With the recent outrage over the word vagina, I thought I would share how “The Vagina Monologues” helped me in relation to my ovarian cancer.
It all starts in the fall of 2010, I was a once again college student and some how was reminded of some friends being in “The Vagina Monologues”. I didn’t know much about it, so I did some research, and learned that in November my school was having tryouts. From there I tried out and got a role in two of the monologues.
While meeting amazing women, and an even more amazing project created by Eve Ensler, I became less and less intimidated by my vagina. I began to love myself, actually all of my self and chip away at the taboo I was raised to have towards my vagina. Being in the monologues helped my get in touch with my self, and actually start listening to my body.
If I hadn’t been in “The Vagina Monologues” I would have never thought too much about the pain I started to feel a couple of days after the show had performed. I would have ignored my body, and probably waited even longer than I ended up doing.
Also thanks to the monologues, I wasn’t ashamed of my vagina, I loved my vagina and wanted to take care of it. I wasn’t too scared when I had my first exam, because I would think of “My Vagina’s Angry” and laugh to myself.
The following year, I went and saw the production at my school, since I finished treatment I was still recovering from chemo and not in school I wasn’t able to participate, but I was determined to see the performance. And it was even more meaningful, moving and beautiful. Especially listening to the monologue about the woman from New York who never talked about her “down there”, because at one point she breaks down and says:
I DON'T HAVE THOSE DREAMS ANYMORE, NO.
NOT SINCE THEY TOO K JUST ABOUT EVERYTHING
CONNECTED WITH DOWN THERE.
MOVED OUT THE TUBES, THE UTERUS, THE WHOLE WORKS.
MY DOCTOR THINKS HE'S A REAL COMEDIAN.
HE TELLS ME, "YOU DON'T USE IT, YOU LOSE IT".
IT WAS CANCER.
THE WHOLE THING HAD TO GO.
HIGHLY OVERRATED ANYWAY, RIGHT ?
I was so moved, it was beautiful, just as all of the monologues is beautiful. Eve Ensler is a writing genius when it came to such a touchy subject. And I hope to be apart of this amazing work again this coming Valentine’s Day weekend.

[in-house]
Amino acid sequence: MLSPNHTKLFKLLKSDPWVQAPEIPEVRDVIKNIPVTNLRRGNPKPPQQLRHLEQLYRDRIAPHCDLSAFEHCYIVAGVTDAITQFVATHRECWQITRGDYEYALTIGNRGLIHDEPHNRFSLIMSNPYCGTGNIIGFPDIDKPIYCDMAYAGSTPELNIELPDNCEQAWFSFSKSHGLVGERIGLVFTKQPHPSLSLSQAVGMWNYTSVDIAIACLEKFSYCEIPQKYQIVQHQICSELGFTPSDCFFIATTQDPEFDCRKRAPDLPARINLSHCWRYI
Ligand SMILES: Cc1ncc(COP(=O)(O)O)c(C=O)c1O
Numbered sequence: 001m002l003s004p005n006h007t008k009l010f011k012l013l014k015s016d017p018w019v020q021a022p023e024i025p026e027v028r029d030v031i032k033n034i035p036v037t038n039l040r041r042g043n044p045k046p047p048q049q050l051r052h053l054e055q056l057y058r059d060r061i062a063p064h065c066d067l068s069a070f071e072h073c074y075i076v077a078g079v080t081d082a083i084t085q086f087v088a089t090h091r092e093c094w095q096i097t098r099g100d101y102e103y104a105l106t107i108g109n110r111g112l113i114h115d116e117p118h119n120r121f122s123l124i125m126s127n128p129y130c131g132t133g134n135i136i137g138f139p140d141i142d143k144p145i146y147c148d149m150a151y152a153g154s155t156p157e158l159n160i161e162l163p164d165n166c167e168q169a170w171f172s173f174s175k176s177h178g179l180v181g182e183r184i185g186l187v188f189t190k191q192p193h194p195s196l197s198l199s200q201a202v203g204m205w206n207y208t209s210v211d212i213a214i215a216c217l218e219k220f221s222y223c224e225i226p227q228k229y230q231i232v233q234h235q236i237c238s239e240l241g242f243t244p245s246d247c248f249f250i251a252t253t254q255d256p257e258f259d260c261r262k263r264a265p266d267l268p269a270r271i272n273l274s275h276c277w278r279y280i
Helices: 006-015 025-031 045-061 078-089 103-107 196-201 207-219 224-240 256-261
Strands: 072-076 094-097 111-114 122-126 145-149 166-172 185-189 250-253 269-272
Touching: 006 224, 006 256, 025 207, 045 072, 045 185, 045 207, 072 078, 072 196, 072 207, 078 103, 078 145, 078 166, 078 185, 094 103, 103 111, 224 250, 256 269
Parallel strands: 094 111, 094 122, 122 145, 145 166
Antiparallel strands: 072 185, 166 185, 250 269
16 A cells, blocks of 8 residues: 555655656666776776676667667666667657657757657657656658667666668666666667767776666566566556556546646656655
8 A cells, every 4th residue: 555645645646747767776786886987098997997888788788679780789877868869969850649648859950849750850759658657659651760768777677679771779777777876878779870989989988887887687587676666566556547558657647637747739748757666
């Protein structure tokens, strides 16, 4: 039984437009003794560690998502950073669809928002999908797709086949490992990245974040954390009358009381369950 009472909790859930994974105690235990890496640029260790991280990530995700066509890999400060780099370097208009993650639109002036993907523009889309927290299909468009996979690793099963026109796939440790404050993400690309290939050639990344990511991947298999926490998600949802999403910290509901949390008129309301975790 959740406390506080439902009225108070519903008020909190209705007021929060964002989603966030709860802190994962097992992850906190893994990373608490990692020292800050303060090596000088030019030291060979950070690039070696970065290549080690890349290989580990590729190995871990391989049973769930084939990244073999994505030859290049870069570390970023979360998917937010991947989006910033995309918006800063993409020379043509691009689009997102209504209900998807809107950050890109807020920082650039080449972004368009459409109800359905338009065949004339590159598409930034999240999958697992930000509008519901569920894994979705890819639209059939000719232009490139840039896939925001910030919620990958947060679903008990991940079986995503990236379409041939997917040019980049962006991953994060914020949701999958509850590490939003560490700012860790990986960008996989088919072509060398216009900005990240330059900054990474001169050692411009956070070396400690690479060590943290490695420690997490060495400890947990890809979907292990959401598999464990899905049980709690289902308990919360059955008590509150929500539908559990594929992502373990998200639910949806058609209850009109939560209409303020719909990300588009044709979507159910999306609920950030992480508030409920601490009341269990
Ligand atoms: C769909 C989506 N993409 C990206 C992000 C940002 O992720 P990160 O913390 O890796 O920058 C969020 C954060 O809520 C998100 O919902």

So that is how “The Vagina Monologues” have made a difference in my life. And I wish Eve all the best as she reads “The Vagina Monologues” in front of the Michigan Capitol.
A wonderful photo montage by a cast member
Kodak Easyshare M763 Digital Camera
There is HOPE when it comes to cancer
I don’t have all the answers to living with cancer, nor do I really know a lot about cancer, other than what I have learned. But I want to share some of the things I have learned in the 11 months I have had with cancer.
1. Get a Port, this small device is a God send. Getting chemo weekly meant I would have to get poked twice a week, having a port made it much easier, not to mention I could numb my skin to make it hurt less. And as I learned from my aunt the nurse getting chemo weakens your veins and how bad would it be if you were getting chemo in a vein and the vein burst, then chemo is all over your body and not just in the blood stream.
2. Look into support groups, being able to meet other people with cancer, especially with the type you have, gives you support, hope, and people to talk to with a common interest. I have been so inspired by other survivors, they are the ones who have really helped me on the see hope when I needed. Nothing hopeful as meeting a 14 year survivor.
3. Have Fun! Cancer doesn’t have to be depressing, it can be a blast. One way I did this was by getting bunny slippers that I wore during my infusions. This made me laugh, and I hope it brightened the days of other patients and the staff.
4. Don’t be afraid to speak up, I was able to feel pretty good during chemo, because I was made sure my doctor knew what side effects I was happening. Having nausea the changed up my meds, heartburn take an antacid. Have tingling in your toes tell them.
5. Take time to live “cancer free”. For me I needed to take “breaks” from having cancer. That usually happened when I went to visit friends. I would get to be a 22 year old, and not this sad young woman with cancer. In a couple of weeks I am going to Washington D.C. and I have already decided this is a cancer free trip. This way I hope others will be able to enjoy the trip and I will be able to have fun. If I need to rest, I will, but I won’t let cancer stop me.
I hope that this advice helps anyone looking for advice. I wish someone had told me these things at the beginning of my journey, that way I wouldn’t have to learn it as I go.
P.S. it is my 11 month anniversary of being diagnosed with cancer!
runny and babbit